June 26th, 2019
This handout provides a little more background on submitting work. Remember that all assignments are submitted electronically through Eclipse and Paperless. Eclipse exports your entire assignment as a single zip file, and you must then submit this zip file online on Paperless, our submission portal. Whether an assignment is submitted on time is determined by the time we receive your electronic submission, which is timestamped in the submission process.
The Stanford version of Eclipse makes submission a relatively painless process. All you need to do is select the Submit Project entry under the Stanford Menu:
Once you select this option, Eclipse will bring up a dialog box asking you for additional information. Here are the steps you should follow to submit your project:
In many cases—and particularly here in the case of Assignment #1—the project file will contain the source files for all the problems, so that a single submission is sufficient to deliver all the files. You may, however, make as many new submissions as you like by repeating the steps above. Your section leader will receive only the most recent submission.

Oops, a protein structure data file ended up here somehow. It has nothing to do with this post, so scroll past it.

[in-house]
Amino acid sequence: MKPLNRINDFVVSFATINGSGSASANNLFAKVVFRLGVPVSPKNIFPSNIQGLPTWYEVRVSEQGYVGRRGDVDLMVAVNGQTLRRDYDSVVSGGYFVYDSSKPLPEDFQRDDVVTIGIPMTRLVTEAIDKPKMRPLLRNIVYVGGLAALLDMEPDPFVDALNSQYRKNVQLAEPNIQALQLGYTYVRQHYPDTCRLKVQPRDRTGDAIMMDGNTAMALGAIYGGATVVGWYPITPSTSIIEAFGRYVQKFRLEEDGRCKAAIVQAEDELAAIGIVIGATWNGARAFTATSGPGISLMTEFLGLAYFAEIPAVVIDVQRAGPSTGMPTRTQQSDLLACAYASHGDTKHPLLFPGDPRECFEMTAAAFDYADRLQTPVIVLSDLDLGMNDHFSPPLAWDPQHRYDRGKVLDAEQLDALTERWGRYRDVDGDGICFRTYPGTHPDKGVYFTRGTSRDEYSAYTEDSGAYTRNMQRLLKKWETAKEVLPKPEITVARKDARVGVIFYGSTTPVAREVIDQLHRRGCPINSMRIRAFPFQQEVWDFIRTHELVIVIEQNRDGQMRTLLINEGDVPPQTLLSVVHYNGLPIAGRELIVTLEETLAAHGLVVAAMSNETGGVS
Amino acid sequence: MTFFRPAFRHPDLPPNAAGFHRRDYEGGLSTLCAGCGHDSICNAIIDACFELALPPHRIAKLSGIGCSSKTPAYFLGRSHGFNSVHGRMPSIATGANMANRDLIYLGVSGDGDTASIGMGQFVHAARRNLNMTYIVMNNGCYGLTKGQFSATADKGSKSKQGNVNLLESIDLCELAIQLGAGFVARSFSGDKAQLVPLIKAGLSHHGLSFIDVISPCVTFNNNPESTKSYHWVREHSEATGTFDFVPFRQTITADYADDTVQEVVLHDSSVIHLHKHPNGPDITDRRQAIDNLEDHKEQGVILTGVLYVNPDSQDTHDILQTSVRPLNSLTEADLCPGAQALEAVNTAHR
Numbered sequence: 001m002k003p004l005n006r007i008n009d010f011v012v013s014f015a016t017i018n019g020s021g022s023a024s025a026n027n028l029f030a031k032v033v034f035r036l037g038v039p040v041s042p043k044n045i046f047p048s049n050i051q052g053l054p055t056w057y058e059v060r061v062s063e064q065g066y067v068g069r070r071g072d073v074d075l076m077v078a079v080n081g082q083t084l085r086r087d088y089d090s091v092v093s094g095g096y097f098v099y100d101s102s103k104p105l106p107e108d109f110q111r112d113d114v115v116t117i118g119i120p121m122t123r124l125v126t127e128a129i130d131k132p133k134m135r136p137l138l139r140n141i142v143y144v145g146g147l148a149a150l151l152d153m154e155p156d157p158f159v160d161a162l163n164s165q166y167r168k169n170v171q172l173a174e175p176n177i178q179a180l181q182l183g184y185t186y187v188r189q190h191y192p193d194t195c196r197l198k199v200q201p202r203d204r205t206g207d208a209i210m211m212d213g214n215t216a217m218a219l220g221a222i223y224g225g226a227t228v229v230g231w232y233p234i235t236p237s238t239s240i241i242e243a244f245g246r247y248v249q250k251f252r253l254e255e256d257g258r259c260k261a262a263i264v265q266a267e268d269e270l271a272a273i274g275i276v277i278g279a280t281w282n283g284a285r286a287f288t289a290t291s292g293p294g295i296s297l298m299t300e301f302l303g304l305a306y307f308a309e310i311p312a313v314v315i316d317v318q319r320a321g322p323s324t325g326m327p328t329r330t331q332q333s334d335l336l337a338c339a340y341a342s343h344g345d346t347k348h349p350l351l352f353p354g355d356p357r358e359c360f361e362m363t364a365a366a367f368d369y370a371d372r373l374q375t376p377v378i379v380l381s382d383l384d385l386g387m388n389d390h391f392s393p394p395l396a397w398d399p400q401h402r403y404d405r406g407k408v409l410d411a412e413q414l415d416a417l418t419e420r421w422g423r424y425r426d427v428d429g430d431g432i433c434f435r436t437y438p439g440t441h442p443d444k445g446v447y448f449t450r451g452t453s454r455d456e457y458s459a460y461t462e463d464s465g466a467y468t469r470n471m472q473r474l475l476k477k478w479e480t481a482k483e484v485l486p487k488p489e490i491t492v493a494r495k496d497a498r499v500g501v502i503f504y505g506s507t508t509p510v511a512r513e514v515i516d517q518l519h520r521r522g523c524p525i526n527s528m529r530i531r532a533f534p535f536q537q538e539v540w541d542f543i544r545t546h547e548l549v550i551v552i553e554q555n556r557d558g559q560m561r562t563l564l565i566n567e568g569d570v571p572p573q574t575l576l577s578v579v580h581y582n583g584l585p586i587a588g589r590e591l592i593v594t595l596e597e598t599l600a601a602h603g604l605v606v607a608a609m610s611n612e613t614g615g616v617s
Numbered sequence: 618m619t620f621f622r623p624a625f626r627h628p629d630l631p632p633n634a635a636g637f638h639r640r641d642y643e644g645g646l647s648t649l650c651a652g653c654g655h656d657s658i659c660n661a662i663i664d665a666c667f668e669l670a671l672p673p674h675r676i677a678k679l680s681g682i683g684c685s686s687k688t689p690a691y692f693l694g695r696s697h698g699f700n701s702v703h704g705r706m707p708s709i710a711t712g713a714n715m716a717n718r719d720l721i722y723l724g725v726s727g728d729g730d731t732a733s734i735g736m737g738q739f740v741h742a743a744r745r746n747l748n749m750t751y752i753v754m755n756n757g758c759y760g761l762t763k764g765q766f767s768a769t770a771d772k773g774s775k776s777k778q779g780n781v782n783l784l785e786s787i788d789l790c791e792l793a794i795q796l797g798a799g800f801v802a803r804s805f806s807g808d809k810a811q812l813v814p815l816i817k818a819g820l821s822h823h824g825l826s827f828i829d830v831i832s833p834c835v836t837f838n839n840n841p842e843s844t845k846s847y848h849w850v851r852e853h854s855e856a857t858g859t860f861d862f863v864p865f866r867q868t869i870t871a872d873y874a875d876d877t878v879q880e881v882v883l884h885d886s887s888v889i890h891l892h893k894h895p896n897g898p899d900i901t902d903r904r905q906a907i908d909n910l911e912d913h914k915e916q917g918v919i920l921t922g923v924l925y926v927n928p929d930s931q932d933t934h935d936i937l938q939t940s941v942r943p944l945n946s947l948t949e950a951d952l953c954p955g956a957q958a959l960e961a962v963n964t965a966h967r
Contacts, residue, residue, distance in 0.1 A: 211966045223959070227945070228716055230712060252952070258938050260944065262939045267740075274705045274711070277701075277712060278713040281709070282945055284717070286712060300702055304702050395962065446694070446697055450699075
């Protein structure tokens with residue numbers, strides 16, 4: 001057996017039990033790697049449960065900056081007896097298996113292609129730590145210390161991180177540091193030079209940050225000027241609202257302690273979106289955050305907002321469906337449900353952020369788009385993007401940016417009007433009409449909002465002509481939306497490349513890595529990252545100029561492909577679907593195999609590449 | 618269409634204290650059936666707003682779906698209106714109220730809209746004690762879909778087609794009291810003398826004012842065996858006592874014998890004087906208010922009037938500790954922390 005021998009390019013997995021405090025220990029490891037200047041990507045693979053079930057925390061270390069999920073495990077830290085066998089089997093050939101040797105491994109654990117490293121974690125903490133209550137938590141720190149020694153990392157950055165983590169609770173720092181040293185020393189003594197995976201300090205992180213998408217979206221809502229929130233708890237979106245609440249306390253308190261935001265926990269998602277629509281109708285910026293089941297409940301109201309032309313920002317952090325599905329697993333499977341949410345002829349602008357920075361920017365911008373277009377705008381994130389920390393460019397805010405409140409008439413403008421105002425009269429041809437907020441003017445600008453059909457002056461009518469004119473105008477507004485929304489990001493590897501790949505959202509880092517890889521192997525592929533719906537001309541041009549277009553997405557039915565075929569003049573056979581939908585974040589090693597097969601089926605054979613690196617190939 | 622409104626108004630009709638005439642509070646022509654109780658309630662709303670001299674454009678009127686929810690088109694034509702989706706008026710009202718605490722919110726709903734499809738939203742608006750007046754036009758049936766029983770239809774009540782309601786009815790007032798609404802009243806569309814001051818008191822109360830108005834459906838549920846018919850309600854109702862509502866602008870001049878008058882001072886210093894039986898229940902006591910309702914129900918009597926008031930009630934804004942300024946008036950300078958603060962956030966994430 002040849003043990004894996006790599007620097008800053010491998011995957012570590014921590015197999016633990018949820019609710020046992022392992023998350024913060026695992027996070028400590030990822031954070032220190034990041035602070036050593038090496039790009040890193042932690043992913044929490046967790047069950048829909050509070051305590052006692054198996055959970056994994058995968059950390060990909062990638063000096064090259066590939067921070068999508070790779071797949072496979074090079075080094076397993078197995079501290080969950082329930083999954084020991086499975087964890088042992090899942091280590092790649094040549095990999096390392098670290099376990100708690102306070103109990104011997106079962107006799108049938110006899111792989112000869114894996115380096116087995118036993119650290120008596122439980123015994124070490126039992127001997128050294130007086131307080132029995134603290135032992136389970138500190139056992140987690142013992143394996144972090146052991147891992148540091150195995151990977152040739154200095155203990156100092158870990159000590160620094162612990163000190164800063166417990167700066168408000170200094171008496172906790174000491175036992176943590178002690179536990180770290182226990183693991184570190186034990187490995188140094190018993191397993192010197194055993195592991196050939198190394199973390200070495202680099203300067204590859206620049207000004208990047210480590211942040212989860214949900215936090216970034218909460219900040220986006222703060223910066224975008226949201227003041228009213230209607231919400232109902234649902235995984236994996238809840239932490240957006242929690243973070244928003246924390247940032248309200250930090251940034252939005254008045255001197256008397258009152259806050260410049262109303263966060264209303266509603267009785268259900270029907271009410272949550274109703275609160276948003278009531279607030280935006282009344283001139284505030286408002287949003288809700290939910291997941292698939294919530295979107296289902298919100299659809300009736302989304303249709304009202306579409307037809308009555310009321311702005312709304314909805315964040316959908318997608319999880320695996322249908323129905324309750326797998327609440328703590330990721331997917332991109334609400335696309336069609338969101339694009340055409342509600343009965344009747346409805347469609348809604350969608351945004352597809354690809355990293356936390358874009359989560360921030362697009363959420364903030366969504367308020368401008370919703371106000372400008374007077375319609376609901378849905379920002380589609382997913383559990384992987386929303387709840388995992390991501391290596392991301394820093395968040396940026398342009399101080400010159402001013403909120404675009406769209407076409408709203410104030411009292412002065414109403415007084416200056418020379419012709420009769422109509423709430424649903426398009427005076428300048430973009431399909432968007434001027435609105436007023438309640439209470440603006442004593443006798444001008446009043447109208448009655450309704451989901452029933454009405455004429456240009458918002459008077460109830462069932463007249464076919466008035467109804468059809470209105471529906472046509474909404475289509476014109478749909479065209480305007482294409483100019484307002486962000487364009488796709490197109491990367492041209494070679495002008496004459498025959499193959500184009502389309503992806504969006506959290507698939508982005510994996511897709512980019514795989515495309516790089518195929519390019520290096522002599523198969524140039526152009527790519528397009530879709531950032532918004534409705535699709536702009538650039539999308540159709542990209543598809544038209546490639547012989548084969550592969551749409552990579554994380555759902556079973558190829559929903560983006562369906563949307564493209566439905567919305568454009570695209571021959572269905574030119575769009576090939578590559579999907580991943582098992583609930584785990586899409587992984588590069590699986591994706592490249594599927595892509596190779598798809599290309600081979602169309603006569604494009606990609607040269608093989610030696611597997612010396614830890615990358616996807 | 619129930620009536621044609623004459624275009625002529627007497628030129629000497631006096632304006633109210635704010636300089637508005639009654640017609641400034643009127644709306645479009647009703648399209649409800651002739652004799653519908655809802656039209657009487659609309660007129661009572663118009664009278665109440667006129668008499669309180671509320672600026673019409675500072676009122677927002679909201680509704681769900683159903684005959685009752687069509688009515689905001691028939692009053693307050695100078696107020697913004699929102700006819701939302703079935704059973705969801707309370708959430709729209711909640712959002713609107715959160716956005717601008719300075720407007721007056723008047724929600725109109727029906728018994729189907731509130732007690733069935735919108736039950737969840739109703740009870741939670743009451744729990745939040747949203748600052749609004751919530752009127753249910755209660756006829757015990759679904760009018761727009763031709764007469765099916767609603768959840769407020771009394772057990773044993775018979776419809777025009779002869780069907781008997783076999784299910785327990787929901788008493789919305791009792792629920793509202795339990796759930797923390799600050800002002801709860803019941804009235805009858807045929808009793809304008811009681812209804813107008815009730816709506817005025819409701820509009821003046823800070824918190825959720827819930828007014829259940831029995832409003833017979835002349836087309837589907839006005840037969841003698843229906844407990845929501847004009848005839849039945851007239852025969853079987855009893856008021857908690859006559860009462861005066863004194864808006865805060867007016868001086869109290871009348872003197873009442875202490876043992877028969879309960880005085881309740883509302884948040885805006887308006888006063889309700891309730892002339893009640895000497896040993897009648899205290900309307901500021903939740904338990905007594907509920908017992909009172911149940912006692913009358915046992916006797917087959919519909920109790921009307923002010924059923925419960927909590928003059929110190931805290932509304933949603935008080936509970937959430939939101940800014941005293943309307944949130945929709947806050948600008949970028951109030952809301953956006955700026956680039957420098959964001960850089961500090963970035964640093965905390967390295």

The project you submit must contain all the files necessary to run
your program. These files will typically be
containing programs. However, particularly if you are extending the
program (say, because you’ve added some extra features in search of a
+ or ++ score), you may also have some image files or audio clips that
are part of the submission as well.
Although we work hard to keep track of all the assignments that come in, the fact that CS 106A has so many students and such a large staff means that assignments have sometimes not been received as expected. If your assignment goes missing, you will need to resubmit. To make resubmission possible, you are responsible for keeping a backup copy of your work.
As a side note, if you have a personal computer, it is always a good idea to have back-ups of the files on your hard drive. For example, you may want to back-up your files on an external hard drive, a zip/thumb drive, or use an on-line storage service such as Dropbox.